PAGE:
The sheriff remembers one time Lafler approached a growling dog with only a leash.  Someone asked him if he wasn’t going to use a “loop.”  He said the loop has a long stick and he was sure the dog had been beaten.  “Let’s try it this way first.”  And he was successful by approaching the dog slowly and talking calmly.  The dog just sat down. Spike added, “He has done his duty and done it well.  I have admiration and respect for him.”

Mary Jane said he is good with animals, “He has a way with them.” When he first started as a “peace officer,” Lafler wore a sheriff’s department uniform with a badge. 

He said, “that stuff scared the dogs.”  He also said he has only used pepper spray on a few occasions.  “I figure they have been through enough.” The secret seems to be in his voice.  Those who have observed Lafler say the animals are aggressive when he comes, then they calm down. He is almost like a “dog whisperer.”

State law requires the dogs  to be held 10 days before they are euthanized.  This is the hardest part of his job.  He holds the dogs, while the vet gives the shot.  Then he uses his bulldozer to dig a hole in the on-site pet cemetery. 

Over the years he has kept a few dogs he couldn’t part with. 

Many of the dogs have not been properly fed, so the Laflers make sure they have enough food.  When there is a full house, the dogs eat about three and a half 40 lb. bags in a week. 

The county supplies the food and bedding.  The owners must pay $20 to retrieve their dogs, but Lafler said very few are picked up by their owners.  Sometimes Lafler gets calls to pickup “a stray” which he knows belongs to the caller.  “They just don’t want the dog, or can’t take care of it, but you can’t call them liars.” 

Occasionally people think the Lafler’s house is a shelter.  “Someone came from Canandaigua one time with a whole box of puppies.  We told him we couldn’t take them.  Off they went and later we found the box with the puppies in our barn.”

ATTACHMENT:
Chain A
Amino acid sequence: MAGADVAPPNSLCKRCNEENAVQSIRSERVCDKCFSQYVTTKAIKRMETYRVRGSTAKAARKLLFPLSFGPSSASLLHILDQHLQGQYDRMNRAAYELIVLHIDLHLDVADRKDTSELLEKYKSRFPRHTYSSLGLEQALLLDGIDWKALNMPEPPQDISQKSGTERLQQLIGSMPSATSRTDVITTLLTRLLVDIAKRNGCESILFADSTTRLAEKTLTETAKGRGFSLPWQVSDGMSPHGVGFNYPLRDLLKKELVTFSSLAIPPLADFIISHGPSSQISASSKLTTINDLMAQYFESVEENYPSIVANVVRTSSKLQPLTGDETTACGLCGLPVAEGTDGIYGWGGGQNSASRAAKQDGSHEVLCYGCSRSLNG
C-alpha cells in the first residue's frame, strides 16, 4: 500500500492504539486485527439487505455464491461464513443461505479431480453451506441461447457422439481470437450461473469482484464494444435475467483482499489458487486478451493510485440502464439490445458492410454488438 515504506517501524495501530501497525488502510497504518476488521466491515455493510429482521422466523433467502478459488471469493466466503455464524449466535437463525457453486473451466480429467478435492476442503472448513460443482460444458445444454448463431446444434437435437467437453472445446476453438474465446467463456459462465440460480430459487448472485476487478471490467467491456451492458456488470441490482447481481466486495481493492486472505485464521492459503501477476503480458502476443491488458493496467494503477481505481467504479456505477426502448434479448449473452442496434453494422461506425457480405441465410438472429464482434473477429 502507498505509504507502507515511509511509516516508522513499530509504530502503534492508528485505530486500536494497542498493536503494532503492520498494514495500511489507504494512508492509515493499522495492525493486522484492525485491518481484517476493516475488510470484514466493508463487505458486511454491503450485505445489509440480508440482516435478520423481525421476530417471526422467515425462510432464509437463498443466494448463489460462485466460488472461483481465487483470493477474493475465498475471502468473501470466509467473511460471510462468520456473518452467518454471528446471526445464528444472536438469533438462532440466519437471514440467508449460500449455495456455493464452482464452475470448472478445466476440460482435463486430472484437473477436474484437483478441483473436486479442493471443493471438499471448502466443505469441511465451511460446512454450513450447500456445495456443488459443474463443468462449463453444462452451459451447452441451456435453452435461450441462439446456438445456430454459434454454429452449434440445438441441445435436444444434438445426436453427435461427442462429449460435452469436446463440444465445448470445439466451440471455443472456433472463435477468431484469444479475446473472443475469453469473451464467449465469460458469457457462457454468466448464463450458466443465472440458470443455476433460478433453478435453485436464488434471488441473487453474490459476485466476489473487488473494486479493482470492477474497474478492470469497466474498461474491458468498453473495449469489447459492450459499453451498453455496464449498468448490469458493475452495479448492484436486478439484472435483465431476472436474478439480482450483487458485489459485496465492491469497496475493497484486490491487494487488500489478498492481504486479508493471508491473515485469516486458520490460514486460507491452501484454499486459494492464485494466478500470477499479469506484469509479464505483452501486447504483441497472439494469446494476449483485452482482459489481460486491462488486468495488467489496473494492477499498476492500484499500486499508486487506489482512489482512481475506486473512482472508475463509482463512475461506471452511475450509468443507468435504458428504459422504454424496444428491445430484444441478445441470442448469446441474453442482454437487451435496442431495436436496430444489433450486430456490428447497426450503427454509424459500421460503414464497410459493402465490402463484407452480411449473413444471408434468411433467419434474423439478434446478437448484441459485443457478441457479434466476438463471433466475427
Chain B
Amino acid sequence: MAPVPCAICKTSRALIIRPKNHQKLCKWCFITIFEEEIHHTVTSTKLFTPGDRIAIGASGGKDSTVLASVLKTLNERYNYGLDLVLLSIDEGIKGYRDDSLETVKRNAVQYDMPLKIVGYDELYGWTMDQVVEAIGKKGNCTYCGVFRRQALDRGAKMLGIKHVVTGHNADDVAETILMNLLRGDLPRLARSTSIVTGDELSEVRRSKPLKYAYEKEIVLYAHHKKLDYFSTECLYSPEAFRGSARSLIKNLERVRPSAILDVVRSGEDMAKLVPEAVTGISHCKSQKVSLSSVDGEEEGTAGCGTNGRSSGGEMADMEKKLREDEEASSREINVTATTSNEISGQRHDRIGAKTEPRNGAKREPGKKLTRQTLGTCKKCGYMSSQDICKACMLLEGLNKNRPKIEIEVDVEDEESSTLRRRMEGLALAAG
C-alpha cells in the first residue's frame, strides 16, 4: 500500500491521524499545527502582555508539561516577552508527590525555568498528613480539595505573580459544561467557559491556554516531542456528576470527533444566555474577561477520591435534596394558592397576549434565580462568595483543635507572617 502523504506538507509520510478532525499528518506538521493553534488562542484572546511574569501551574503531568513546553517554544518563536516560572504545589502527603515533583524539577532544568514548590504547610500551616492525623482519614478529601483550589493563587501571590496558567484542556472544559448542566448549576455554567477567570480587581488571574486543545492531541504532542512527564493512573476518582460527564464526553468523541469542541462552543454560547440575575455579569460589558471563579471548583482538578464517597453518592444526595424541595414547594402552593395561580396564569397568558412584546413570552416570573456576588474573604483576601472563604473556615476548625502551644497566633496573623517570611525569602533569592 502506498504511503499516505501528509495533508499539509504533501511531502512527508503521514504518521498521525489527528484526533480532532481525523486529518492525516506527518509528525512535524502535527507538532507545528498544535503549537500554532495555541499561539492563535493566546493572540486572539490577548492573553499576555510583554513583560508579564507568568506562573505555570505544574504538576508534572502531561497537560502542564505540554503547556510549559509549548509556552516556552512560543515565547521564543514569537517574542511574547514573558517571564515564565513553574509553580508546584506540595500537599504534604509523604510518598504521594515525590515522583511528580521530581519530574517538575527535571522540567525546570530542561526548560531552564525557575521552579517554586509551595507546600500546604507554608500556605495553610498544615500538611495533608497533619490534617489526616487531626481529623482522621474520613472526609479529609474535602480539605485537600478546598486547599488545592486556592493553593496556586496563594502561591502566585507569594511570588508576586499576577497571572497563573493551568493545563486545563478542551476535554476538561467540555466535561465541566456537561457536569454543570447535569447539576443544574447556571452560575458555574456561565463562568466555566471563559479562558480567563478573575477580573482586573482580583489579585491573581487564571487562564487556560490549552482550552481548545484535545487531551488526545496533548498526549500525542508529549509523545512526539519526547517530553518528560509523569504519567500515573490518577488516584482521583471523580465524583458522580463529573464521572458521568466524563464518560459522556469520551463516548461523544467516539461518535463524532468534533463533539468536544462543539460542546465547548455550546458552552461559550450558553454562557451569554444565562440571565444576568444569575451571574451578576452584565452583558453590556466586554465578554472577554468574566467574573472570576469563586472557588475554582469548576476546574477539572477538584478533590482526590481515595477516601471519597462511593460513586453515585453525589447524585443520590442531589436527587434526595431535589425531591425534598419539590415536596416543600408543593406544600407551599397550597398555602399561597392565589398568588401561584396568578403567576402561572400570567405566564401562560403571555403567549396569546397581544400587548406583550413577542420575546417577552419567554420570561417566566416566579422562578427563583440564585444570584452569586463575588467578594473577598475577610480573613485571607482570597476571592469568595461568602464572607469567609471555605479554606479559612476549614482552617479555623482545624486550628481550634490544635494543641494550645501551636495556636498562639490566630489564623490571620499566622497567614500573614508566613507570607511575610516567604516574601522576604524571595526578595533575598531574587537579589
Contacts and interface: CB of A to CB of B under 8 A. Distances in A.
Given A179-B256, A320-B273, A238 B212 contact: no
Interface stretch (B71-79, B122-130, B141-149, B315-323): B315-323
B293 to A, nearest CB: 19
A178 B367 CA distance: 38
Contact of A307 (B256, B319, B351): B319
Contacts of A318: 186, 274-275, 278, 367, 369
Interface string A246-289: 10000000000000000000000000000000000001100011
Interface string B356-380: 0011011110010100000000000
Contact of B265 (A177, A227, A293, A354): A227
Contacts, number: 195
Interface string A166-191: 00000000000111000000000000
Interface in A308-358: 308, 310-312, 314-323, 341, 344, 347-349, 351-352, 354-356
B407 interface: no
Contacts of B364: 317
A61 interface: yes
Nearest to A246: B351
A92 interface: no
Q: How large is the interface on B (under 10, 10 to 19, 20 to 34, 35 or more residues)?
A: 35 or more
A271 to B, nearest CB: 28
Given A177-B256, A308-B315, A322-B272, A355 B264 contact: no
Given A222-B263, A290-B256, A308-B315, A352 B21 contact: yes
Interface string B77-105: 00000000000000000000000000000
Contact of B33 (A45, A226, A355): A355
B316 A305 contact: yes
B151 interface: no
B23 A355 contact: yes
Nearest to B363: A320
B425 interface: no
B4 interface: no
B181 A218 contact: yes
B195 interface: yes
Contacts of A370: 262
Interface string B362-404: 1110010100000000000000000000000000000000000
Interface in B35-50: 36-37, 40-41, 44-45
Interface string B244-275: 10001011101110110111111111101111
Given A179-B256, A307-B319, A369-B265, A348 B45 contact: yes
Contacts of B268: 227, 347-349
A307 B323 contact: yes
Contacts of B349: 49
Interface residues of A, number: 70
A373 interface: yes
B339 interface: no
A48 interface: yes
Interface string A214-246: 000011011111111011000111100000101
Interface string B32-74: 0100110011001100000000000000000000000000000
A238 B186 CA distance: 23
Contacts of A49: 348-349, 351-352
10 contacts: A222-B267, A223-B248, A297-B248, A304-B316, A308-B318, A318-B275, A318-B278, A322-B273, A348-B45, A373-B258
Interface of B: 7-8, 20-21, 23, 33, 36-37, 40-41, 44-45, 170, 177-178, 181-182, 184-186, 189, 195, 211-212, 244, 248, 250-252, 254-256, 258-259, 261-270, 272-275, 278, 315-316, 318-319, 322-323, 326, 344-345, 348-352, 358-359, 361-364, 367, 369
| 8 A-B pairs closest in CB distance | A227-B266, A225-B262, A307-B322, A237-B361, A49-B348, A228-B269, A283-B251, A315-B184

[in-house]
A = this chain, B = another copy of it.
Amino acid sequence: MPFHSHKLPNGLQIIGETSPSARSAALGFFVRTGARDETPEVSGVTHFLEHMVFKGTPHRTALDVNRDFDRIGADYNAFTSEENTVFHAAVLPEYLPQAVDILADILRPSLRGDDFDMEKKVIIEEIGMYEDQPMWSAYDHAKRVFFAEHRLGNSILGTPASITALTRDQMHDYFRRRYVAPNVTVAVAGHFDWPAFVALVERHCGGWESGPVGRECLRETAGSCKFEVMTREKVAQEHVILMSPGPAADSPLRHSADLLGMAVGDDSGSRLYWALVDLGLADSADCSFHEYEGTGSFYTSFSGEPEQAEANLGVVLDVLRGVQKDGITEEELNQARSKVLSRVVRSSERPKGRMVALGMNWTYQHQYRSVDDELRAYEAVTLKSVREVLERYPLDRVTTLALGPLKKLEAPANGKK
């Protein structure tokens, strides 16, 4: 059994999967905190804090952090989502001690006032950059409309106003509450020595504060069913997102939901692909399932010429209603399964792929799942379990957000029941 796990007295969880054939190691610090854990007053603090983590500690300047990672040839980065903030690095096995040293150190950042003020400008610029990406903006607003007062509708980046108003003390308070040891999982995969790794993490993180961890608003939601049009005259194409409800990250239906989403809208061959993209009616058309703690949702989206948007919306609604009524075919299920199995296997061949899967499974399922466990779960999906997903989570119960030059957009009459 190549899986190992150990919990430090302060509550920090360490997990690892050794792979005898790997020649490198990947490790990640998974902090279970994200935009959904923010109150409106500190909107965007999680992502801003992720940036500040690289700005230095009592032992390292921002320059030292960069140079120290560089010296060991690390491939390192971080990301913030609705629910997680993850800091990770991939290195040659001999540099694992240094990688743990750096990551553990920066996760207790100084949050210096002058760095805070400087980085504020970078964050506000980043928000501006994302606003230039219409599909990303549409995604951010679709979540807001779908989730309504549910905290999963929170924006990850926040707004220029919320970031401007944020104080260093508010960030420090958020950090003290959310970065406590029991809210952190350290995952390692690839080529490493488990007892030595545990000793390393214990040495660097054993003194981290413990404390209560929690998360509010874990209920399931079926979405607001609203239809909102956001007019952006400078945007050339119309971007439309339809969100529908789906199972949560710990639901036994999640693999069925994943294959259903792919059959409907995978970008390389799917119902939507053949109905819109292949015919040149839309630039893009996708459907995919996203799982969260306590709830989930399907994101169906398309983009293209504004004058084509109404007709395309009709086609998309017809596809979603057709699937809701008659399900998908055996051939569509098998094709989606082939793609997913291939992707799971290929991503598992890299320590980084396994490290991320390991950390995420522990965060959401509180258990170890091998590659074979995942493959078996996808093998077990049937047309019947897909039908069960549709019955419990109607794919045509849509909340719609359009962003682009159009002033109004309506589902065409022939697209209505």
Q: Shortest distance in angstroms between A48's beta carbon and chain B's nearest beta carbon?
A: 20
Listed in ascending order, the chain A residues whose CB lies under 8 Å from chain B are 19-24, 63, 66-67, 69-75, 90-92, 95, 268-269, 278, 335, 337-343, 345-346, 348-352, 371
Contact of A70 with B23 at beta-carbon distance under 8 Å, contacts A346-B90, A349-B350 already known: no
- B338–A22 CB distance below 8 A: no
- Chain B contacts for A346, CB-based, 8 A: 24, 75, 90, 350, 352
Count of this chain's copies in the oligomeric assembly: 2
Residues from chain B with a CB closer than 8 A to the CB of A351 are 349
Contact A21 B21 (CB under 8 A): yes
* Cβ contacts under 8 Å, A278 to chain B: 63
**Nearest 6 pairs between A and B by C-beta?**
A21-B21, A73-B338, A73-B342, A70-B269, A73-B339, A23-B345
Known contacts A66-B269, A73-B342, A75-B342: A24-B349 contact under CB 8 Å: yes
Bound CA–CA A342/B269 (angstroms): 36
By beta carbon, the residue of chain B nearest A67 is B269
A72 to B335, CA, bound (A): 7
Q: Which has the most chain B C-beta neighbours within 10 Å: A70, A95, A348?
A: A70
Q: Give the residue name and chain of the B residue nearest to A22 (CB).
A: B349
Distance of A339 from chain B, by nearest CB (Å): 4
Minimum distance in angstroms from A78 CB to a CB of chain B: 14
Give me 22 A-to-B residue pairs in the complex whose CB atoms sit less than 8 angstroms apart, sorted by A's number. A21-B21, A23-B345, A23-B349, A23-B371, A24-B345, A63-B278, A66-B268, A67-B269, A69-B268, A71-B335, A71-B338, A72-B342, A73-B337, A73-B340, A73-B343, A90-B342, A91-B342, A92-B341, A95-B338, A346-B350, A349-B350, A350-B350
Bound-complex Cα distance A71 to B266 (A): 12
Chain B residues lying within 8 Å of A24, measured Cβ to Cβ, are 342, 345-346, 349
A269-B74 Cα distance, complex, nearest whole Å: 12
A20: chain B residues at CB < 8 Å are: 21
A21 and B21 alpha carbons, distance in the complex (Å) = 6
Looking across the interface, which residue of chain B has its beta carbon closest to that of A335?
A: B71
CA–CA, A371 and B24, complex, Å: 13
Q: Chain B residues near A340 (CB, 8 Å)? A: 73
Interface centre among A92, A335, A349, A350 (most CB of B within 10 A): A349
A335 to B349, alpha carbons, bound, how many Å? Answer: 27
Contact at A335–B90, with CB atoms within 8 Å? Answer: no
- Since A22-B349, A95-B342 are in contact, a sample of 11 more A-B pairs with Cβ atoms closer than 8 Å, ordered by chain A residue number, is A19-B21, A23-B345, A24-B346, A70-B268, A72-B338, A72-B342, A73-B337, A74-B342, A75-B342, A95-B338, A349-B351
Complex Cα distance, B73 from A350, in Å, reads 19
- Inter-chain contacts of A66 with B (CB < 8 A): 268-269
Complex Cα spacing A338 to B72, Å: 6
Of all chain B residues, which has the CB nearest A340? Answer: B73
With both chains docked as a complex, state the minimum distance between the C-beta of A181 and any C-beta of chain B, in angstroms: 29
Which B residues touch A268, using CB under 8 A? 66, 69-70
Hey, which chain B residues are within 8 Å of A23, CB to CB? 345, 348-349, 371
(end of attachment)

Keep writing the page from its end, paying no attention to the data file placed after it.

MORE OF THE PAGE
The Lafler’s have never ventured far from home.  Henry grew up just across the road.  When his grandmother died she left her house on the north side of State Route 364 to Henry and Mary Jane.  They have lived there over 50 years and have only taken a few overnight trips.  Even now, without the dogs, they still have 20 head of cattle, 400 sheep, two Belgium horses and 700 acres of hay, pasture and wood land to tend. 

The Laflers raised three children, Harold and Linda were followed by Roger 15 years later.  Roger died from an accidental shooting at age 23.  Pictures of Roger and the John Deere memorabilia he loved are displayed throughout the house. The couple had hoped Roger would take over the farm someday. The Laflers also have four grandchildren and seven great-grandchildren.

Lafler said he will miss two things — the dogs and his truck.  “I love that truck (supplied by the county).”  He said he has even had calls from Mennonites saying they are sorry he is leaving.  Now he looks forward to running his bulldozer to work the land, not bury dogs. 

As Lafler finishes reminiscing, his wife reminds him that they have three more dogs to pickup before nightfall.